Of course, not that there’s much to do there besides visit the library, have coffee and donuts, or get some good seafood.

        • HobbesMkii says:

          As a New Englander (and having worked on Beacon Hill), I too am super excited to play in and around Boston.

          • Fluka says:

            Didn’t The Last of Us have portions that took place in the shattered remains of the T as well? Another reason to wish I could play that game.

            I always like it when games create reproductions of modern, real-life cities that aren’t New York or LA. I’m considering getting Watch Dogs next year just so I can bum around in a next gen version of Chicago.

          • Carlton_Hungus says:

            It was a big reason I enjoyed Fallout 3 so much, being able to go to Rosslyn and other parts of Arlington and the DC suburbs was pretty damn cool, slightly less super mutants than in reality though.

          • HobbesMkii says:

            A bunch of us were briefly working on a Shadowrun Returns mod set in Providence, but I admittedly petered out after getting a little confused by the editor, despite being the driving force behind setting it there and it’s kinda fallen by the wayside.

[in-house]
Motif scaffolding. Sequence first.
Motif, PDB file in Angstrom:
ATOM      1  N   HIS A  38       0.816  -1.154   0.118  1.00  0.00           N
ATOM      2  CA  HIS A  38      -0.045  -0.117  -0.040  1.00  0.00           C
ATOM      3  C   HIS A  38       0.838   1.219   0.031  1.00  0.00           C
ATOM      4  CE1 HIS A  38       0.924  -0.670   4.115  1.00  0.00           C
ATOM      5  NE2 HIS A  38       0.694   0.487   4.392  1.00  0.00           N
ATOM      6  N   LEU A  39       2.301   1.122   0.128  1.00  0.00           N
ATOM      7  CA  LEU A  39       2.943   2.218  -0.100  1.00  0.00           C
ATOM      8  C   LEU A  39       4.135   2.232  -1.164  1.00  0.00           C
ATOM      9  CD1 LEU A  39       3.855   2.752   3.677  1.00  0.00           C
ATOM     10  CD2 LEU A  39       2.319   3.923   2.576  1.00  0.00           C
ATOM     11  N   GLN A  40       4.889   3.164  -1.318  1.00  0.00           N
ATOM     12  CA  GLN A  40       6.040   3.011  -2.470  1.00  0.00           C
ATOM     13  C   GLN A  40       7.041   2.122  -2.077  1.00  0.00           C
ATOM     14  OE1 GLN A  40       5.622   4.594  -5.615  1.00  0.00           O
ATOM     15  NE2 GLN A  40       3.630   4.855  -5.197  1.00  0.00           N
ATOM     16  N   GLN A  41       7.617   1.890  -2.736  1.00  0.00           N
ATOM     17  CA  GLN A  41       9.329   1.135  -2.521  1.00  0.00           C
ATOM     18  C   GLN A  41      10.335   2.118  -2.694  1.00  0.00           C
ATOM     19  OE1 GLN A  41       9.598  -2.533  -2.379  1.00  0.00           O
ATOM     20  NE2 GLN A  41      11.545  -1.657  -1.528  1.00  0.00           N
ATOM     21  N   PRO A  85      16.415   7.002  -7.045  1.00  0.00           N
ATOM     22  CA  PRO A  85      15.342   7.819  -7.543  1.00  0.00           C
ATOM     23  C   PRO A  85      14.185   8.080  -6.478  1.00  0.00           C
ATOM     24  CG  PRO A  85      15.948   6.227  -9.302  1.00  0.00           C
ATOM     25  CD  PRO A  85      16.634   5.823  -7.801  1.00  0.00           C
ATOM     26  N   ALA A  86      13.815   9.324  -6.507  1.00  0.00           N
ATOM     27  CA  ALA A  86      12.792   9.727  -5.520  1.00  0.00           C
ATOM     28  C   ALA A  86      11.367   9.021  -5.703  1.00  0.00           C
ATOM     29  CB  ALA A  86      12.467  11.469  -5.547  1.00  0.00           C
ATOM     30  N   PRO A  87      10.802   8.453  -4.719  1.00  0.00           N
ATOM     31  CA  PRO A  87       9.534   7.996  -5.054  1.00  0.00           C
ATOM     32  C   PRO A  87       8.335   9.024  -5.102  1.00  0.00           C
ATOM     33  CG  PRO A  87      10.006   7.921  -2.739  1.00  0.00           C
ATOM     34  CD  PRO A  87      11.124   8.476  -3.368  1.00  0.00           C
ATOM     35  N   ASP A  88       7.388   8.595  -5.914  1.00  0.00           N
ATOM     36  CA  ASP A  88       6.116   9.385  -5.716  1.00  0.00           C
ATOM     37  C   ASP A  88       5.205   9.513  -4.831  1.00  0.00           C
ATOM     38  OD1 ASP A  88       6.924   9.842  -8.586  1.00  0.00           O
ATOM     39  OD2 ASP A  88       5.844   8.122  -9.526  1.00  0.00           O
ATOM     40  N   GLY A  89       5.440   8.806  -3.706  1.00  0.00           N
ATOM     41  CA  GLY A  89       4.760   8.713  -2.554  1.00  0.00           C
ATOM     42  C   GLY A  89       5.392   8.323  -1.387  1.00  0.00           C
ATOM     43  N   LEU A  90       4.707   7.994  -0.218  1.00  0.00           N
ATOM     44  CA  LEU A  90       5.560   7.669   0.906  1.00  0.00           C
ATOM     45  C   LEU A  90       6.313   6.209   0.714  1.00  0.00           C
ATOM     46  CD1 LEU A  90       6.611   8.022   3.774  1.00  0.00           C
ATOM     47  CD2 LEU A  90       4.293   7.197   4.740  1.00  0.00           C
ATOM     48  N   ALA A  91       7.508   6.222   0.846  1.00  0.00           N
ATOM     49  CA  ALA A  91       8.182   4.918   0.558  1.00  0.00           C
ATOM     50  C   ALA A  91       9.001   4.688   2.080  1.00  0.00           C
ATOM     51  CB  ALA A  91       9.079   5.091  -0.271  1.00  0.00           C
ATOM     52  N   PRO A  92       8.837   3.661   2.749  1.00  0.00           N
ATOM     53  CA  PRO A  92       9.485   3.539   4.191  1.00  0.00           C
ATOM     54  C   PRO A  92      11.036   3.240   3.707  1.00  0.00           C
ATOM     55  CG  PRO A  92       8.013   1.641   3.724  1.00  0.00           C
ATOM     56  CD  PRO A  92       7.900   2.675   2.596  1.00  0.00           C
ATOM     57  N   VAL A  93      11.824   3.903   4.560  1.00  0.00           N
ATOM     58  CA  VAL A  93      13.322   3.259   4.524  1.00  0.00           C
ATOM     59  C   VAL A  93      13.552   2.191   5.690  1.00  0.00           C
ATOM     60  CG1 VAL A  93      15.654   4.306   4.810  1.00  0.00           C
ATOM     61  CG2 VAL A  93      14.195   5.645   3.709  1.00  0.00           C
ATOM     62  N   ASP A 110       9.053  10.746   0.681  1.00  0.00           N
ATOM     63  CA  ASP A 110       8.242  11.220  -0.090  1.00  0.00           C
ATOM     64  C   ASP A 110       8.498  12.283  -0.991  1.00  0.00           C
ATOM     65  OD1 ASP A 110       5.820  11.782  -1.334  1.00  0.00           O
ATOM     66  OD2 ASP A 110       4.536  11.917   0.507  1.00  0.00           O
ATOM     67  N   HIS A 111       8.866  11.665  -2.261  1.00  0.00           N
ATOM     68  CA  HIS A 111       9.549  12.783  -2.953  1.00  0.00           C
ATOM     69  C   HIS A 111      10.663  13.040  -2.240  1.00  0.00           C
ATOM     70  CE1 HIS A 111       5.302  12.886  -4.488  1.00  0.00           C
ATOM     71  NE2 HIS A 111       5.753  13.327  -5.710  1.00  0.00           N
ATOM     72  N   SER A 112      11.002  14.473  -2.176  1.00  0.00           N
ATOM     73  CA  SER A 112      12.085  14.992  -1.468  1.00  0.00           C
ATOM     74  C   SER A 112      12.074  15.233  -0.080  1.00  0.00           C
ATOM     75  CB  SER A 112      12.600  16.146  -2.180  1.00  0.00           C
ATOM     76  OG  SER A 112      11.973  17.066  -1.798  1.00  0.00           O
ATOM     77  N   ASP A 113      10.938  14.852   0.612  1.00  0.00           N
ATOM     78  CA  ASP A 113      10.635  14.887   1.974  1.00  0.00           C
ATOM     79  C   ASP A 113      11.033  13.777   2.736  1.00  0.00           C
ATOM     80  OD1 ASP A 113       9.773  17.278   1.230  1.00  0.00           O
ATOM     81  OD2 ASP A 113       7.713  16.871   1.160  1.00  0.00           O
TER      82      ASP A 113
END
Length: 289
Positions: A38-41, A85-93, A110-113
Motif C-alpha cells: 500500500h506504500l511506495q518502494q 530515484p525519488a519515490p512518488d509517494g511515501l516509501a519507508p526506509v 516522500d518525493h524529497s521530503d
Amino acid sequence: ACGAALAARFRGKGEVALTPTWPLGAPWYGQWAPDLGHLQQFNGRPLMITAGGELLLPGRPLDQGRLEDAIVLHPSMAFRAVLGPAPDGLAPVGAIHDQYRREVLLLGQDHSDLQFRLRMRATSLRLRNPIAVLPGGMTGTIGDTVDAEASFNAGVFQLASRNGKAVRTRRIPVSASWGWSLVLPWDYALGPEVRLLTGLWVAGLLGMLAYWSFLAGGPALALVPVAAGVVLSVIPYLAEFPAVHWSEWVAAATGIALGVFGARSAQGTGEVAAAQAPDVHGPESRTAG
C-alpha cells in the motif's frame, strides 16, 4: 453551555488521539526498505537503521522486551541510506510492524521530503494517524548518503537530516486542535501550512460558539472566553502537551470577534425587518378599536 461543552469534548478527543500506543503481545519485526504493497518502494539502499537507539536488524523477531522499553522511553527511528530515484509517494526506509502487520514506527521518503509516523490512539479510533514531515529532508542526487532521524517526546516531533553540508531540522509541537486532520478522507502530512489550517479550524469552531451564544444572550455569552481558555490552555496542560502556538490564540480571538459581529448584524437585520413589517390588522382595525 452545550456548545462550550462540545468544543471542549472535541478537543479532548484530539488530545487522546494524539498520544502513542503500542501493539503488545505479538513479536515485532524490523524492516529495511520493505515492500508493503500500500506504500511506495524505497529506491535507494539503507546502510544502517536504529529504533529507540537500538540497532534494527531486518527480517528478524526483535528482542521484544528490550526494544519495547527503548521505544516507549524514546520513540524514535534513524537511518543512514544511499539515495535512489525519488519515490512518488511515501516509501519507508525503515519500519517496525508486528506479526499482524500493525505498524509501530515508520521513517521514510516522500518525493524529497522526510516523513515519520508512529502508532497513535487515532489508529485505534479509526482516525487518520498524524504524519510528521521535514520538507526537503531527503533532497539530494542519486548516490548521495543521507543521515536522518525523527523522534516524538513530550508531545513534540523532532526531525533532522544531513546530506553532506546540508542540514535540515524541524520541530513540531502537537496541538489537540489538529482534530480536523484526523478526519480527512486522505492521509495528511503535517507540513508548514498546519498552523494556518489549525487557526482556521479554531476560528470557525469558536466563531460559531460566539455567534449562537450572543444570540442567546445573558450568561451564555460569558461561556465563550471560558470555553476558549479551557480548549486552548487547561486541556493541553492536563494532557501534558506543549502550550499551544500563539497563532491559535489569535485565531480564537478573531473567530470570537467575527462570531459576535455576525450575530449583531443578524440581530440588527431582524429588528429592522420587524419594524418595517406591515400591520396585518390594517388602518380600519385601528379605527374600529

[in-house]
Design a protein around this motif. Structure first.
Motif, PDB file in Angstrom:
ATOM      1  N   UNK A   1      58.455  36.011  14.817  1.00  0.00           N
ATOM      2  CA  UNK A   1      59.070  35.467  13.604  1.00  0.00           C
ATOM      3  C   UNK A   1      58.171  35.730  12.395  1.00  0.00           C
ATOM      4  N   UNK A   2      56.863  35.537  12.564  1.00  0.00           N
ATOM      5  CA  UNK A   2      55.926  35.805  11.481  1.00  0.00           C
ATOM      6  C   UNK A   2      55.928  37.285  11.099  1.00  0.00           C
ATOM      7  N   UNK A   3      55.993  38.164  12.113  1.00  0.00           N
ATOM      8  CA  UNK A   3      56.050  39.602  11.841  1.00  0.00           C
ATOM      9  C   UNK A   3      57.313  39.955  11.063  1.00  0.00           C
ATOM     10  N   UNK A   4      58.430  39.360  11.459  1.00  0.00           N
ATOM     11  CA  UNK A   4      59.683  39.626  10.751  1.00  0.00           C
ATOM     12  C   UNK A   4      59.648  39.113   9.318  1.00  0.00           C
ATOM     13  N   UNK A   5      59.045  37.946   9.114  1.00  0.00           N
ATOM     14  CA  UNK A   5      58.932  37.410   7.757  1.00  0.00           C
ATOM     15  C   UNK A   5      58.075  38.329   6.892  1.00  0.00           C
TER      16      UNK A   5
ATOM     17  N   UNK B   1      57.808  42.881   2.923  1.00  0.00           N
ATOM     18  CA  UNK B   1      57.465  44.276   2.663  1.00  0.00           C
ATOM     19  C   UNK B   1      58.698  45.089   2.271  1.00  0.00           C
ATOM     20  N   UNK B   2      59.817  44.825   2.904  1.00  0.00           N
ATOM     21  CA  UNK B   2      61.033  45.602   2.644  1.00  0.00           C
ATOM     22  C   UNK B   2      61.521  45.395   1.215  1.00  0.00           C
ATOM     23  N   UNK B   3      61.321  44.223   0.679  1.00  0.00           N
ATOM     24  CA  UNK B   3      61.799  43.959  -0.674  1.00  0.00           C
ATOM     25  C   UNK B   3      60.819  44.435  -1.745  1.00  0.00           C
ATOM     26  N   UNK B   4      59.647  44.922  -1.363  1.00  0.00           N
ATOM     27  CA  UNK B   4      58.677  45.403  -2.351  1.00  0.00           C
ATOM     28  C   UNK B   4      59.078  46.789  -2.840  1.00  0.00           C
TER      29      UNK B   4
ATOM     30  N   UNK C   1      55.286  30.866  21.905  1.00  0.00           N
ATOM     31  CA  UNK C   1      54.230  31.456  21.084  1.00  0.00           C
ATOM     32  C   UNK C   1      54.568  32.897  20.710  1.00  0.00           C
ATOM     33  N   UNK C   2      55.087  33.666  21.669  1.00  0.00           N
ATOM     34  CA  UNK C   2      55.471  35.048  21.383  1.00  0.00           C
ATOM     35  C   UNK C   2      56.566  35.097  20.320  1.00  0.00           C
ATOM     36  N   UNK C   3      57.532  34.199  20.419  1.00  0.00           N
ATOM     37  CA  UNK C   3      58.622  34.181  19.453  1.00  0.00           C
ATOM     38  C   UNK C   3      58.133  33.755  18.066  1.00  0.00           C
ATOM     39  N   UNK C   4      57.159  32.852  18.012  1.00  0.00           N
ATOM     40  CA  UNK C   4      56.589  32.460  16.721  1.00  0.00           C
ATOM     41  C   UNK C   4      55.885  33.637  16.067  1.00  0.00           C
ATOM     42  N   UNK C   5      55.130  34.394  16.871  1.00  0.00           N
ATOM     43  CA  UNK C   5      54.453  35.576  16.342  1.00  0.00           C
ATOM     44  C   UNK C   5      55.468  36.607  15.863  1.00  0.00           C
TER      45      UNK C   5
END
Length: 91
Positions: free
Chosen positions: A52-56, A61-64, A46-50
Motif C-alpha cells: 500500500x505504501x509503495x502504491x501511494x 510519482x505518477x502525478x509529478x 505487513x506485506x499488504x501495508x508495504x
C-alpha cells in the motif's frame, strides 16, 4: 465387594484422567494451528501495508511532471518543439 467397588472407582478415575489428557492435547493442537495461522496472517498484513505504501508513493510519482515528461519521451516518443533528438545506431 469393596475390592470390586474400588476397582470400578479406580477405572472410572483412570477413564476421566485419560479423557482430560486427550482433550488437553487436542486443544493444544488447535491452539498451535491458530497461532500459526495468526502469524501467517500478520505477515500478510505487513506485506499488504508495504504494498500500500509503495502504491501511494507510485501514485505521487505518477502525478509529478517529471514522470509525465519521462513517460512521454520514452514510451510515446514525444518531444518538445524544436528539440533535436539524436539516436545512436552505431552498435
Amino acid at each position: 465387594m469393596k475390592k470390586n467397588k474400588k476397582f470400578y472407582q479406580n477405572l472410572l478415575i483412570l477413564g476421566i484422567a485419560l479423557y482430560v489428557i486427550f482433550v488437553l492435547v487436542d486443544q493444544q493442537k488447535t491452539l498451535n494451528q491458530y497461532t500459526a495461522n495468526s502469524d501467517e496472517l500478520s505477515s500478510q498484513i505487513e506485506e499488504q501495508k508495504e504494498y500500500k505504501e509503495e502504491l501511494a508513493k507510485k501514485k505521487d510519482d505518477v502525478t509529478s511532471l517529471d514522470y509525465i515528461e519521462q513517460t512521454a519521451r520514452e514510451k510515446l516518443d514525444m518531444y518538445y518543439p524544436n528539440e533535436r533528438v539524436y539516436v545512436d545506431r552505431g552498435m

I’m glad video games as a whole have reached a level where their attempts to recreate a city have begun feeling familiar. Driving around Los Santos feels a lot like when I visit my sister in LA. A friend from Bethesda wandered into the room while I was playing Fallout one day and she pointed at a group of buildings and went, “Oh, I used to go there all the time!”

          • djsubversive says:

            I don’t know about the rest of you, but I’m waiting for Berlin to hit before I jump back into the SRR editor.

          • stakkalee says:

            Yup, that’s my plan too. Hopefully they’ll include a little more green space in that update.

      • Sam_Barsanti says:

        With the new consoles coming out, an Obsidian game would be a good chance to put them through their paces. See if any explode or whatever.

        • Fluka says:

          The bugs will break space time. We were so worried about the LHC creating an Earth-eating black hole that we never even considered Bethesda.

          • djsubversive says:

            I would blame Bethesda for world-shattering bugs and Obsidian for not having enough time to perfect their world-saving device.

    • Merve says:

      I’d say Burial at Sea and Dishonored are visually alike in terms of character models, since both have models with exaggerated, cartoonish features (though Dishonored’s are more exaggerated). But when it comes to environments, Burial at Sea uses a much brighter colour palette – more muted than the main game’s, but brighter than Dishonored’s. It uses a lot of golds and reds to create the appearance of opulence, while Dishonored uses a lot of greys and browns to simulate filth and squalor. Both are gorgeous in their own way.